A single innovation in skate design caused the world speed skating records in all the categories to be broken in the 1998 Olympics.
One of the most controversial changes in the recent history of speed skating involves use of clapskates, also known as slapskates. The blade on clapskates is attached by a hinge to the front of the boot. As a result, the blade will detach from the heel of the boot as the skater pushes with her calf muscles through the end of a stroke. Used by skaters in long track races, clapskates allow skaters to keep their blades on the ice slightly longer than with traditional skates, giving them more power and speed. While clapskates had been around for over a hundred years, it wasn't until inventors and engineers started working with biomechanics researchers that the technology was really developed for professional skaters. After 1996 when the Dutch women's skaters demonstrated how effective the skates could be, it wasn't long before all serious competitors were using them.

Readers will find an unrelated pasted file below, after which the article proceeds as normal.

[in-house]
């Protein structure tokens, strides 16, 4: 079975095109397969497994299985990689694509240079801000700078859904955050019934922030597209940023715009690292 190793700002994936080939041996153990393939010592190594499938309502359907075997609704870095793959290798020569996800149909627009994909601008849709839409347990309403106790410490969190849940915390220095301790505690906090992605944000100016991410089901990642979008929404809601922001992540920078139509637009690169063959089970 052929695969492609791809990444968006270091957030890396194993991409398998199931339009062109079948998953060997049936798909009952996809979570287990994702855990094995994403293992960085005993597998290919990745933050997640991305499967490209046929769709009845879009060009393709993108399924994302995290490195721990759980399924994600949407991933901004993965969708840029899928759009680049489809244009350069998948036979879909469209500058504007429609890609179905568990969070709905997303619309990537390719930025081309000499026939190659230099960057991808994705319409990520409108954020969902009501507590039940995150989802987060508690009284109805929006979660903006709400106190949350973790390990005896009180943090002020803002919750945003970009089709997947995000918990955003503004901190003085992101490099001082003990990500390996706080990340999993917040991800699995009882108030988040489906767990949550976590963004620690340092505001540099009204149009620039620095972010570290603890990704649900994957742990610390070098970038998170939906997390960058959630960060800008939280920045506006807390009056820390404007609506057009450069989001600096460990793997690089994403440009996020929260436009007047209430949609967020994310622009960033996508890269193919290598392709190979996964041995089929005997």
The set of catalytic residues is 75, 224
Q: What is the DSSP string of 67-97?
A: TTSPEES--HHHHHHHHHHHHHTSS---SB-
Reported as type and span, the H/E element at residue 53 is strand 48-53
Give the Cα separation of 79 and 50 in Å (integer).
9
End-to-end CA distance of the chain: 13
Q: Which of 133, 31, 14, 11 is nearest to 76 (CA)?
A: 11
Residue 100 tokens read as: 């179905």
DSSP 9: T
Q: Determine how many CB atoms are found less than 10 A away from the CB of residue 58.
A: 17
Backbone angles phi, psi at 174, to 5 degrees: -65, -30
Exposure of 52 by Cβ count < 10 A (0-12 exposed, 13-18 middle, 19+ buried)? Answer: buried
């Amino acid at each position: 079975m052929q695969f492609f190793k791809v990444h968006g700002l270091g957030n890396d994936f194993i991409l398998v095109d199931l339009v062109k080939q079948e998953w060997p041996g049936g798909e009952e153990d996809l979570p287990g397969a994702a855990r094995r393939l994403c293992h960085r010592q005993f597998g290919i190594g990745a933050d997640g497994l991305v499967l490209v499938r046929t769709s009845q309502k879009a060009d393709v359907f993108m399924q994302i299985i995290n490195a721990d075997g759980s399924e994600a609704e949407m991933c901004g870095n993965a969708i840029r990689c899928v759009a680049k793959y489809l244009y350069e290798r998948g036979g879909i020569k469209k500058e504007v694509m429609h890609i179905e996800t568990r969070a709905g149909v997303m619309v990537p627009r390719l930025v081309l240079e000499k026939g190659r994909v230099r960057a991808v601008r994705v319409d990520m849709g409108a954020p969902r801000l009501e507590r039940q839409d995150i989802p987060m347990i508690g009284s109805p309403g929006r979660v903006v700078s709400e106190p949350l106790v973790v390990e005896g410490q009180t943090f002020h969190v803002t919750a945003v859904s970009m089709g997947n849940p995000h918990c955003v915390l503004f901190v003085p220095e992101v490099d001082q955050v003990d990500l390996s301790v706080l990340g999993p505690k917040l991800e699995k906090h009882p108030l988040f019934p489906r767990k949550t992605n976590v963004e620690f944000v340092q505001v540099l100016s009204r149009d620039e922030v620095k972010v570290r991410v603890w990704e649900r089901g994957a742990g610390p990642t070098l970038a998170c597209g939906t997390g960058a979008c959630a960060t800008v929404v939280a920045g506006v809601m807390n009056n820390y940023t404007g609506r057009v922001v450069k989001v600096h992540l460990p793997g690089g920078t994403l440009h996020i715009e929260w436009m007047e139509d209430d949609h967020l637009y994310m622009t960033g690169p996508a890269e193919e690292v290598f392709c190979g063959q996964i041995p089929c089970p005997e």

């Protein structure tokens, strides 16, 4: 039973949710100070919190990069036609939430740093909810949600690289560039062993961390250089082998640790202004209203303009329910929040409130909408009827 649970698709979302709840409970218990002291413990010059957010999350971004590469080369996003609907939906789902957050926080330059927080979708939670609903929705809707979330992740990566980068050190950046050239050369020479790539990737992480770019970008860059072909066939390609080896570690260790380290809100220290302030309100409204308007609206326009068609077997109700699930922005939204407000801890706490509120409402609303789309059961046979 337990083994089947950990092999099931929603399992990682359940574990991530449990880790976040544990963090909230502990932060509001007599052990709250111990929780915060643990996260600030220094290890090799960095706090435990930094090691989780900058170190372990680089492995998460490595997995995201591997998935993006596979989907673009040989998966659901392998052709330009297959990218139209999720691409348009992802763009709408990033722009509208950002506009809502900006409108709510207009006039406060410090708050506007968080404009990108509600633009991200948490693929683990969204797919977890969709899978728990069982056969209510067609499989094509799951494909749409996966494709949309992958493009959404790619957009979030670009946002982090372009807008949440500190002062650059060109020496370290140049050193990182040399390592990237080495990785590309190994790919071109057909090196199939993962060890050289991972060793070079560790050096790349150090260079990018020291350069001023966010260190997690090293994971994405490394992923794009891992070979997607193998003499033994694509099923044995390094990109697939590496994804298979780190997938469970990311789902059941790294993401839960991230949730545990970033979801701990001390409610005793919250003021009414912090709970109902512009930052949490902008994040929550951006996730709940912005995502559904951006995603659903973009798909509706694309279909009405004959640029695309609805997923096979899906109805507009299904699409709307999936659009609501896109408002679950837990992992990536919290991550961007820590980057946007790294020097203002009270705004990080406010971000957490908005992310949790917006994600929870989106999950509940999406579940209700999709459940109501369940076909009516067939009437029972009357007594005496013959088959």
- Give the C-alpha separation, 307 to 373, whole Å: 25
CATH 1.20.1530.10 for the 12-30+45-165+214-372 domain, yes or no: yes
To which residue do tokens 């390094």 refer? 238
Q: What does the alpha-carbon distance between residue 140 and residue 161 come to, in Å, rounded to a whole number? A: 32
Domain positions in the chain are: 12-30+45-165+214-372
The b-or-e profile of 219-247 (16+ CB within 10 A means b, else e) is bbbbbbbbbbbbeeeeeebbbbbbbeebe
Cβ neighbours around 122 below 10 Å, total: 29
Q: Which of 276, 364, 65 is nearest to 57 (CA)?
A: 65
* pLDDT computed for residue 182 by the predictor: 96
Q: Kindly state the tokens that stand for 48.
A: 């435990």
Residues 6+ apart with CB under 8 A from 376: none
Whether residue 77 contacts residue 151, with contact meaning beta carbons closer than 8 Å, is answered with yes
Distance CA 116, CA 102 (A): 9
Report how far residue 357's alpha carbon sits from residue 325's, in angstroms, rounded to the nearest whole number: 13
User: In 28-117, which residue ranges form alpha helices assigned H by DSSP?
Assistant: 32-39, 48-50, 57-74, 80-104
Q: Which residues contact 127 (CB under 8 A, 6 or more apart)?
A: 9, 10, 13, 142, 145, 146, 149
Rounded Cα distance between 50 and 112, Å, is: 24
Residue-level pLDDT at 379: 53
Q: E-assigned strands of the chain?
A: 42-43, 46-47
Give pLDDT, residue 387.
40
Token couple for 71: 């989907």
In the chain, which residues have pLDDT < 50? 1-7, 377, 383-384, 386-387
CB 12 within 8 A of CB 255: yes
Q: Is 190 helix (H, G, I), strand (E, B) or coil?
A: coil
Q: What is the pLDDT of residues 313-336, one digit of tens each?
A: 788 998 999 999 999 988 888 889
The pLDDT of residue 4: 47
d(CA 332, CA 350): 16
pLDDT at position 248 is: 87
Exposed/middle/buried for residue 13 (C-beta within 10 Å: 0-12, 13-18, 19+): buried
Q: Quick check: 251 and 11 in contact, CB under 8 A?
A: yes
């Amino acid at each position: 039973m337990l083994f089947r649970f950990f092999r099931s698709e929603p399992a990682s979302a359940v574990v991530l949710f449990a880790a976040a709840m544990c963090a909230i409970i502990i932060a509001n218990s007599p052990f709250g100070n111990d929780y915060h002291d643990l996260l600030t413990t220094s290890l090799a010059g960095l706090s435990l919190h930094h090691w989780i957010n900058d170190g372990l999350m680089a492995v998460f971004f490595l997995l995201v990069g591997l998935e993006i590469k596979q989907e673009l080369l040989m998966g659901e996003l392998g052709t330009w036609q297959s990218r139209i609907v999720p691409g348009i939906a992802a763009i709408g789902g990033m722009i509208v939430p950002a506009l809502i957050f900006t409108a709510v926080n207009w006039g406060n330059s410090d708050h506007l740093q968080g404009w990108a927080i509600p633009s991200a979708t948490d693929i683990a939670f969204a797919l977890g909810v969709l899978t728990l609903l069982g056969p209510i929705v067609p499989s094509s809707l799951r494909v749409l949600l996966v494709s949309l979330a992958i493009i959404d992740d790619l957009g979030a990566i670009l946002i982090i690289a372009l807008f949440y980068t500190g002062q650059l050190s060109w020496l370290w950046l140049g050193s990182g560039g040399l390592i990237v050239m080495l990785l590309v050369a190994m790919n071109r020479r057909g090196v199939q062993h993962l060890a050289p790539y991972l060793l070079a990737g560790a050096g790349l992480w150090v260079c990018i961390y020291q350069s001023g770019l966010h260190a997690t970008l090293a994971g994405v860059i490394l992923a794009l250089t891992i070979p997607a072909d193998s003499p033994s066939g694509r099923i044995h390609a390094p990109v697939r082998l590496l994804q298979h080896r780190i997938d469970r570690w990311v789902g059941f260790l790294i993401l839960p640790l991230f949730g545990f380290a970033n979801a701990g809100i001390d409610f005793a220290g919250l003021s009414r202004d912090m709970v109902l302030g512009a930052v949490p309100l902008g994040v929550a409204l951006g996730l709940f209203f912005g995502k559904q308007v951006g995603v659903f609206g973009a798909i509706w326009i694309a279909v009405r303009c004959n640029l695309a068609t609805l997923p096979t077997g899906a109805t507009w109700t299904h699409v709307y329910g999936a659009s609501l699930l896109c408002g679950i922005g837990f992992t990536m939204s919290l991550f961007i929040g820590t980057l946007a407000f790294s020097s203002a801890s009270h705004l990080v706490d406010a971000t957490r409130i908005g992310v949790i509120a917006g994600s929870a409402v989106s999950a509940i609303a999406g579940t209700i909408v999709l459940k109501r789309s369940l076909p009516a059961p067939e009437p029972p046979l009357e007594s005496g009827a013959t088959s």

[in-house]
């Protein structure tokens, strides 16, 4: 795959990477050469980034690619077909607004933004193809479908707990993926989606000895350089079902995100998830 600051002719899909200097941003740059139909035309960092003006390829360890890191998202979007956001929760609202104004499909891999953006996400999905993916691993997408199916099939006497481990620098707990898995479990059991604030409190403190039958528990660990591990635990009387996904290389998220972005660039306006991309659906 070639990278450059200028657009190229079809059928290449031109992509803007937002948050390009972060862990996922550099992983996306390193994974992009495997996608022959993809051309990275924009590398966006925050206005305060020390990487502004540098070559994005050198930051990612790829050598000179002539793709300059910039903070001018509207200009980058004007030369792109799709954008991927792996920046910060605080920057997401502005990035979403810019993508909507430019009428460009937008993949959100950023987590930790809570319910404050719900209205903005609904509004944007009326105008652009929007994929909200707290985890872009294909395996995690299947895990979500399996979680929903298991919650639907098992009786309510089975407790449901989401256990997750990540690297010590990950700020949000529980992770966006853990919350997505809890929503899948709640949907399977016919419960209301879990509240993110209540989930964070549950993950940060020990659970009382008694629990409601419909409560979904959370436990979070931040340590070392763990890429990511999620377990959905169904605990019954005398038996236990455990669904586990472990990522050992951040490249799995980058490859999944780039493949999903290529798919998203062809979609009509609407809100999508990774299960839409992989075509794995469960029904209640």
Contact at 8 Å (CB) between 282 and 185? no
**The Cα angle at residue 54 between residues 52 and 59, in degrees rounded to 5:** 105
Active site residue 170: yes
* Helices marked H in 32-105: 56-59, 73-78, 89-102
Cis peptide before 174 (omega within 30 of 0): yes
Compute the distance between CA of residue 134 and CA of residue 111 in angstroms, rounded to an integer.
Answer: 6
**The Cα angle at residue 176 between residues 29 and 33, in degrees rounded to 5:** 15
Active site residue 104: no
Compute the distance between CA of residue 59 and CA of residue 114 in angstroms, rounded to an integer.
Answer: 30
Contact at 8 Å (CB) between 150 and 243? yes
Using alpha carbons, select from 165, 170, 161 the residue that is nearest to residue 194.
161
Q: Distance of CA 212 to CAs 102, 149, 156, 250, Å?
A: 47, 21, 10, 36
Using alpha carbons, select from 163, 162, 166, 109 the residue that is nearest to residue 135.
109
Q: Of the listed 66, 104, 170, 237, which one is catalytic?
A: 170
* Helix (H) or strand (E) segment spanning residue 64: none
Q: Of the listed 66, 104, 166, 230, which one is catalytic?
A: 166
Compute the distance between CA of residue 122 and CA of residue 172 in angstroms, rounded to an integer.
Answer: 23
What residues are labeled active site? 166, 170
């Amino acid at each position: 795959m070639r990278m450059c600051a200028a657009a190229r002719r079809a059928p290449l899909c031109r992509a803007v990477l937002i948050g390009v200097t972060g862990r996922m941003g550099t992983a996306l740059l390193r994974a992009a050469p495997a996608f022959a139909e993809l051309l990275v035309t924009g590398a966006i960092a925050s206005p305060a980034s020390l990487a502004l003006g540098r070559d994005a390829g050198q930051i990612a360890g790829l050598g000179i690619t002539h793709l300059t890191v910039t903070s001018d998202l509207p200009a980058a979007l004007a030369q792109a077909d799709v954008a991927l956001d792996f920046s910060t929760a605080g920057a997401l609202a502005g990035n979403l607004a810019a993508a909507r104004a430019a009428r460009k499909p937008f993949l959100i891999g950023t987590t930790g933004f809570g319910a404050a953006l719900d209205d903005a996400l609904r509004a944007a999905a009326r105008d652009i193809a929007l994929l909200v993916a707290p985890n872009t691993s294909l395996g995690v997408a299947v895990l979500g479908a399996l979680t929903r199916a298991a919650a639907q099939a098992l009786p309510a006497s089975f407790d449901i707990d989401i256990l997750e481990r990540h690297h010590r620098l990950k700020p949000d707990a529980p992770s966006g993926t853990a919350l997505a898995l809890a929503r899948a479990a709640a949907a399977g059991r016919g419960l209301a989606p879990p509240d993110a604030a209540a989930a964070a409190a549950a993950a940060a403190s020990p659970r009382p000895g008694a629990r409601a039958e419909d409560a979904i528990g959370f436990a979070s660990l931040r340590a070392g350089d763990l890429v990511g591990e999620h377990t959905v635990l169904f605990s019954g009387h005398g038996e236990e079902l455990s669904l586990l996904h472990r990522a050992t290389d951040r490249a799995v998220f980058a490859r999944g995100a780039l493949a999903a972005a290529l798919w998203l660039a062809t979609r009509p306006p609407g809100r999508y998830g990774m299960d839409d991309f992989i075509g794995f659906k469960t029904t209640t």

Pictures and descriptions of long track speedskates demonstrate the difference between traditional and clapskates.
To read more, here is an article describing clapskates and the impact they have had on the sport.